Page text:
Kana Suzuki
Shiatsu masseuse, 31 (Japanese)

On March 11, I was overseas so I felt disconnected to what happened in Tohoku. I really wanted to do something to help. So I came here to feel closer and see the smiles of the local people.

Katsumi Saiki
Event photographer, 39 (Japanese)
Usually photographers take their pictures away with them, but here we leave them with people and make new albums. I think that’s great.

Yoko Hirose
Advertising firm employee, 31 (Japanese)
Photohoku is a completely new way of contributing to society. It’s not materialistic, so I think it is the best way for artists to help out.

Satoshi Narita
Freelance editor, photographer, 31 (Japanese)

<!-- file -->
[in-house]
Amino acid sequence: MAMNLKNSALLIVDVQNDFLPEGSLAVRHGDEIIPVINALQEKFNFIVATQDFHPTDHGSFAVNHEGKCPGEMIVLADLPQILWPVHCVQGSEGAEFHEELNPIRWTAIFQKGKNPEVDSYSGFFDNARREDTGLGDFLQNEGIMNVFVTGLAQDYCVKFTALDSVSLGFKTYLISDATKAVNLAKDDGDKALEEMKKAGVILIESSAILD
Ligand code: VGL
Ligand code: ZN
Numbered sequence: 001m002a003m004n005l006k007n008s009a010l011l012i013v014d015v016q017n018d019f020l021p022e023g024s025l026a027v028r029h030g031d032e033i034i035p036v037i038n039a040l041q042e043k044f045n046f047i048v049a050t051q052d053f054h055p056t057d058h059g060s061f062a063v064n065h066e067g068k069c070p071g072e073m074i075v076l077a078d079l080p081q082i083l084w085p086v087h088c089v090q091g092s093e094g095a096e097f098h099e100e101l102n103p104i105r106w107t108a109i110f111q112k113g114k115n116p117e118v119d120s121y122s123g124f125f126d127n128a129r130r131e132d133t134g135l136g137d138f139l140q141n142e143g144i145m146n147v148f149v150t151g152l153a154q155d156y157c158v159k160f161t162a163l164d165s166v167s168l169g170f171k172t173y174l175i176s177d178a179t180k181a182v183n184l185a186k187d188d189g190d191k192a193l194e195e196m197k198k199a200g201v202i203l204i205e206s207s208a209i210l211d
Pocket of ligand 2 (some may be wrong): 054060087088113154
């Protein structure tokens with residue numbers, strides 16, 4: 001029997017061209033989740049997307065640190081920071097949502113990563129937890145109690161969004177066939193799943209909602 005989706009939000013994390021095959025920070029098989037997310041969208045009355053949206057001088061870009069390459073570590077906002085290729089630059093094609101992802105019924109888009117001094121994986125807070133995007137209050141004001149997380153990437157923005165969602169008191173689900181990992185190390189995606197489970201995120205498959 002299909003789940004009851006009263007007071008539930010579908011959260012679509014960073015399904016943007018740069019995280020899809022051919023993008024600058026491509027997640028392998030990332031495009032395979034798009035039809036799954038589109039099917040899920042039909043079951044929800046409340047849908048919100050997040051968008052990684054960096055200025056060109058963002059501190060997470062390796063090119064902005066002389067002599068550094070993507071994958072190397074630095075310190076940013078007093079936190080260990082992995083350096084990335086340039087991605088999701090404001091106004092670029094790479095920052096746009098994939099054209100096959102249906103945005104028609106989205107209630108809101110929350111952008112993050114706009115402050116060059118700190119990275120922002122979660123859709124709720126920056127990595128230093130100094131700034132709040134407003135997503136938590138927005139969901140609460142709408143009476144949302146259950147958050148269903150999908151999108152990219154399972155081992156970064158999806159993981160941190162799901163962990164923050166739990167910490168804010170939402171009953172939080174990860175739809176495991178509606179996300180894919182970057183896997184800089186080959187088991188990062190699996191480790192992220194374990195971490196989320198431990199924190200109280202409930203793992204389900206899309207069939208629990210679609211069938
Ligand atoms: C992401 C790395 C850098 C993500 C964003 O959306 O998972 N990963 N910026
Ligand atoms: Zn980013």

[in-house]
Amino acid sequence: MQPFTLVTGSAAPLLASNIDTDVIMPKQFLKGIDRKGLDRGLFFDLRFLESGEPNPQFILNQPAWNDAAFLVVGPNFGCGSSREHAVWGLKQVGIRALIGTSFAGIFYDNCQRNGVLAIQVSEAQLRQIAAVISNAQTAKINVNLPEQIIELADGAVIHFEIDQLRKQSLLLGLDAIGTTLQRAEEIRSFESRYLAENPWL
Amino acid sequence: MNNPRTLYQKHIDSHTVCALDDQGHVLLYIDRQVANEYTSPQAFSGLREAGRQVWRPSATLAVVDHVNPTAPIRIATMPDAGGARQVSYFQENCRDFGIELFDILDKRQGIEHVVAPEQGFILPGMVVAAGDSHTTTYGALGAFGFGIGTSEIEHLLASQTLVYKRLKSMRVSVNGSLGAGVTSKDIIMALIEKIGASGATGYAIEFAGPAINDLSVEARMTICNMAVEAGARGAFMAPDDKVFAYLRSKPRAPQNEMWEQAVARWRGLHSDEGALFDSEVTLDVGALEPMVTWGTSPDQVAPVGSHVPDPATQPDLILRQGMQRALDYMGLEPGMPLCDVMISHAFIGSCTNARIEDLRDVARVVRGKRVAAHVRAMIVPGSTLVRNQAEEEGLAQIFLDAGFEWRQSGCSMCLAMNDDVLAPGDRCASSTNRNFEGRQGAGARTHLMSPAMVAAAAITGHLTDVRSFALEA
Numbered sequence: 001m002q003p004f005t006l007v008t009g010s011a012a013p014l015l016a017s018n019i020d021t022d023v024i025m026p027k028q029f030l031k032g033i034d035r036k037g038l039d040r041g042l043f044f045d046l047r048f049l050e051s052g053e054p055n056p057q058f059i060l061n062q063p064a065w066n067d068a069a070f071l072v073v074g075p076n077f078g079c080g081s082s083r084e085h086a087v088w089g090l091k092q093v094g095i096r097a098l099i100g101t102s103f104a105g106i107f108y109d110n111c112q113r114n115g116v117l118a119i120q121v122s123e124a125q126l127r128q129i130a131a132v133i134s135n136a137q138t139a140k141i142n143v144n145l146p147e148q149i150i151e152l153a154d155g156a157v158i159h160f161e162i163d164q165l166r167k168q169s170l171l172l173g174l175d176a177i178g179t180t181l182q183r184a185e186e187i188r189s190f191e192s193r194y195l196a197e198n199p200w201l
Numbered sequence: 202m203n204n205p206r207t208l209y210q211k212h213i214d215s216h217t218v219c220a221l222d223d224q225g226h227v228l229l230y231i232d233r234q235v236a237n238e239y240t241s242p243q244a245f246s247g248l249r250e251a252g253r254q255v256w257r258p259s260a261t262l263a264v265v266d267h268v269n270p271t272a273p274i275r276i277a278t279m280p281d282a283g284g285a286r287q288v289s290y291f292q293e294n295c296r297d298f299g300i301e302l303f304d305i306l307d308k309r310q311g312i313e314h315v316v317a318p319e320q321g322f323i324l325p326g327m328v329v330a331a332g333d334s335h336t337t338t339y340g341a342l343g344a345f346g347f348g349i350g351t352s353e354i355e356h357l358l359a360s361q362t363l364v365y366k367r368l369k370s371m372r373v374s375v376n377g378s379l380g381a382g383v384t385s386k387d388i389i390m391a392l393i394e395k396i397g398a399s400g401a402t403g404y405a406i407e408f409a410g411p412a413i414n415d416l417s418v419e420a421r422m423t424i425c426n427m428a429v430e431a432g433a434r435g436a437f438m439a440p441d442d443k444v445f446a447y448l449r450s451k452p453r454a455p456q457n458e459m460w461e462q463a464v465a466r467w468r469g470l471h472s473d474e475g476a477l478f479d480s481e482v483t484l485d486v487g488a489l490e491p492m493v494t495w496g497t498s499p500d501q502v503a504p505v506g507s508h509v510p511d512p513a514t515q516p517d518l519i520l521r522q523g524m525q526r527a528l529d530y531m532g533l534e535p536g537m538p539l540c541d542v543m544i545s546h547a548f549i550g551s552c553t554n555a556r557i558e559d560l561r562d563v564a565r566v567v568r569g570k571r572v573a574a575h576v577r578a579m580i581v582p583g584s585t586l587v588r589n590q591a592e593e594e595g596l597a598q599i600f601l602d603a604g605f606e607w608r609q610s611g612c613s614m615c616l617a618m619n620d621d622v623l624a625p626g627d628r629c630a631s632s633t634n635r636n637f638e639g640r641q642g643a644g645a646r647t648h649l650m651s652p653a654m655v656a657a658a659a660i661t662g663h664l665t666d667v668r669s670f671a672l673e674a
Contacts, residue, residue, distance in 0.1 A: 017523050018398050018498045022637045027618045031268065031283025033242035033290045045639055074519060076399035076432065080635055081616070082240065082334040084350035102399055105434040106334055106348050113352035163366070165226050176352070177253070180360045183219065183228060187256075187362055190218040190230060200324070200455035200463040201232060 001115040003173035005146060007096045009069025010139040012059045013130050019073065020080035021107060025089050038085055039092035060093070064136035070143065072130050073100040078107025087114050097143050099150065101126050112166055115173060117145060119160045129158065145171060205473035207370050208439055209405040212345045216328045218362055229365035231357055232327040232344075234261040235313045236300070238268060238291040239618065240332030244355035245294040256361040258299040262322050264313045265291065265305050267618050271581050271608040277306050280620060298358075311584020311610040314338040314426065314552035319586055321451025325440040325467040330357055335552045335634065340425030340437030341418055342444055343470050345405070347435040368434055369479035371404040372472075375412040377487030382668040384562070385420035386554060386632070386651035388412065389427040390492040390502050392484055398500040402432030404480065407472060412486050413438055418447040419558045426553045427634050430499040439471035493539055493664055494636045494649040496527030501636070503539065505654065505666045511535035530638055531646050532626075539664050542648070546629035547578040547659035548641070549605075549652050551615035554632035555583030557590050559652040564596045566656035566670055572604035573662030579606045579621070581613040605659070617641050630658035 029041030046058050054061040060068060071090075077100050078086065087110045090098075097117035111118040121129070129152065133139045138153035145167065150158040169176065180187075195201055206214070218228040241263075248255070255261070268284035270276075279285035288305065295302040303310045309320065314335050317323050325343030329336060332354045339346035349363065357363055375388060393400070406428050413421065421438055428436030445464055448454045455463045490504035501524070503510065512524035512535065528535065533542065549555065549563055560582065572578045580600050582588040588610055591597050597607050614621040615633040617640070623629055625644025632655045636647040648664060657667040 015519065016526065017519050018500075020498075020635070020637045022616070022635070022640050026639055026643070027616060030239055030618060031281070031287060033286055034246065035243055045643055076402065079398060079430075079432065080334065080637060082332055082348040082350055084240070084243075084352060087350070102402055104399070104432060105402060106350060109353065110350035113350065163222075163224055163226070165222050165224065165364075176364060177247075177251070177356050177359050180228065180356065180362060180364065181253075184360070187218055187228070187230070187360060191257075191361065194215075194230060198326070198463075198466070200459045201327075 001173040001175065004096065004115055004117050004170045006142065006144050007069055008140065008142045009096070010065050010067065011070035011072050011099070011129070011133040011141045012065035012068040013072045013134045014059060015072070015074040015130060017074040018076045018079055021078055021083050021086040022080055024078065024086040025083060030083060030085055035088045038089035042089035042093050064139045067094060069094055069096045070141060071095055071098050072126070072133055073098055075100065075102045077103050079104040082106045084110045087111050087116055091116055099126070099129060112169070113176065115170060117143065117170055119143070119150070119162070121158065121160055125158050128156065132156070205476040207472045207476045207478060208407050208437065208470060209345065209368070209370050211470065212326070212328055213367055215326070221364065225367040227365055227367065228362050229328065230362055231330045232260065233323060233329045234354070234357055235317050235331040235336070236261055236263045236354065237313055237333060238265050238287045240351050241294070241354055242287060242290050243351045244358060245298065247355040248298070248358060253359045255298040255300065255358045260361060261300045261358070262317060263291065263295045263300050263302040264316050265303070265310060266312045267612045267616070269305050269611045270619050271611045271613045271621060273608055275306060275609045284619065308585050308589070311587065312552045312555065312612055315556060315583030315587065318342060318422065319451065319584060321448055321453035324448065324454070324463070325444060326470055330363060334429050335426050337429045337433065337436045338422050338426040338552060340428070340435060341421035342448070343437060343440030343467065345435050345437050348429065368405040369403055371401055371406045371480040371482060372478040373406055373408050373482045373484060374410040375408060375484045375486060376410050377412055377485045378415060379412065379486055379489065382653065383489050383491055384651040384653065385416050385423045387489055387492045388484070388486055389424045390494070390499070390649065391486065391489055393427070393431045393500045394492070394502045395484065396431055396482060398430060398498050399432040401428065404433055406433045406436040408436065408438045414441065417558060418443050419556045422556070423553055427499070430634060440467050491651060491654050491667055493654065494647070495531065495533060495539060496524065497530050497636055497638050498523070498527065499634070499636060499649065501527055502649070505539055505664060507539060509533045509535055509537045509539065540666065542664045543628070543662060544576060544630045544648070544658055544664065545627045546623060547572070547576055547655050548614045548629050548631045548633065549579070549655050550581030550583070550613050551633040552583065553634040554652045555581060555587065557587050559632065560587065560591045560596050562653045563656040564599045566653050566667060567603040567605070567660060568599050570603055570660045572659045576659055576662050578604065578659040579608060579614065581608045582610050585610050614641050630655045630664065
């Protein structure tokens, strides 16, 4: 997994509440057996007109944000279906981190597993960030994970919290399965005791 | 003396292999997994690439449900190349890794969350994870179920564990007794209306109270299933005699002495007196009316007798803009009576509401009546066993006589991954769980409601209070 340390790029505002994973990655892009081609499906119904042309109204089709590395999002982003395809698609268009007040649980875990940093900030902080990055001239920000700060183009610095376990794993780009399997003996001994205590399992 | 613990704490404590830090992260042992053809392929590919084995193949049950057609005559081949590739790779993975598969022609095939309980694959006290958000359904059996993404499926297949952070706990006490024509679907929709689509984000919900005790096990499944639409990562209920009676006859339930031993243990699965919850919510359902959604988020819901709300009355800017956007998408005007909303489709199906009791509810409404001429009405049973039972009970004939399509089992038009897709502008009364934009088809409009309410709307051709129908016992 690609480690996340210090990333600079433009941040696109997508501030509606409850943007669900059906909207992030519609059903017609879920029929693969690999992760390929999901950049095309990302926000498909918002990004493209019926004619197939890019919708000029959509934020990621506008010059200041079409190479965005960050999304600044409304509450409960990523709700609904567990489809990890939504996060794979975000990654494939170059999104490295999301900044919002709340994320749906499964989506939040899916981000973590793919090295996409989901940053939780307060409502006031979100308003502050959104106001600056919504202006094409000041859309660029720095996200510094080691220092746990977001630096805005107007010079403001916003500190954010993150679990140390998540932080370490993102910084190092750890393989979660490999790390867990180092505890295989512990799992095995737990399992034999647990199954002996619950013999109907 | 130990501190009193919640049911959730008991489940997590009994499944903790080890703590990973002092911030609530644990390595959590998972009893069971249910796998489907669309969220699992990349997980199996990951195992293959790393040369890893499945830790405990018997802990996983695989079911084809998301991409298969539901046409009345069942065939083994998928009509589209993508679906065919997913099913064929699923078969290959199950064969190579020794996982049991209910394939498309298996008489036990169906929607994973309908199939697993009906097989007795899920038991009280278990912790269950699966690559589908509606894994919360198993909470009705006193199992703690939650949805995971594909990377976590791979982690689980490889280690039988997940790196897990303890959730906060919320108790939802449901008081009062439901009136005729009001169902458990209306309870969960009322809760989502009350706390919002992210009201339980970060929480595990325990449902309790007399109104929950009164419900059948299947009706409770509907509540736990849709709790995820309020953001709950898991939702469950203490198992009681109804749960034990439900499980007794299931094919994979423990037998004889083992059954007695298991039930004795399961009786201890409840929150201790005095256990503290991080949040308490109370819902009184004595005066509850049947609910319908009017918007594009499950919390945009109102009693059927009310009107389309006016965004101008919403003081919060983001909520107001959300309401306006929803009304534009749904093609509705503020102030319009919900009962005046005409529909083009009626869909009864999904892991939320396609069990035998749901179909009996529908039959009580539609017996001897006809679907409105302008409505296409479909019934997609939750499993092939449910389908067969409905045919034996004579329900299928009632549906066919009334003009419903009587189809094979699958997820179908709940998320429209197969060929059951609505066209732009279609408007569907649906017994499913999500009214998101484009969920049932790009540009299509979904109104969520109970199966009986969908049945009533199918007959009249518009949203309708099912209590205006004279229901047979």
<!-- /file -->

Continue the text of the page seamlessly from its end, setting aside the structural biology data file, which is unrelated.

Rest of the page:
When I first heard about this project, I thought it sounded interesting. It’s a great way to make contact with real people at a very personal level.

Allison Kwesell
Journalist, 28 (American)
It’s great to be able to give people a moment of satisfaction. When I write articles, I have to wait for them to be published, but here the reaction is instantaneous. For the first time, I’m part of the story.

Gueorgui Tcherednitchenko
Engineer, 29 (Russian)
I love photography, and I was looking for a way to help the people of Tohoku. So for me, this was a way of doing so that was within my power.

Interested in gathering views in your neighborhood? E-mail community@japantimes.co.jp

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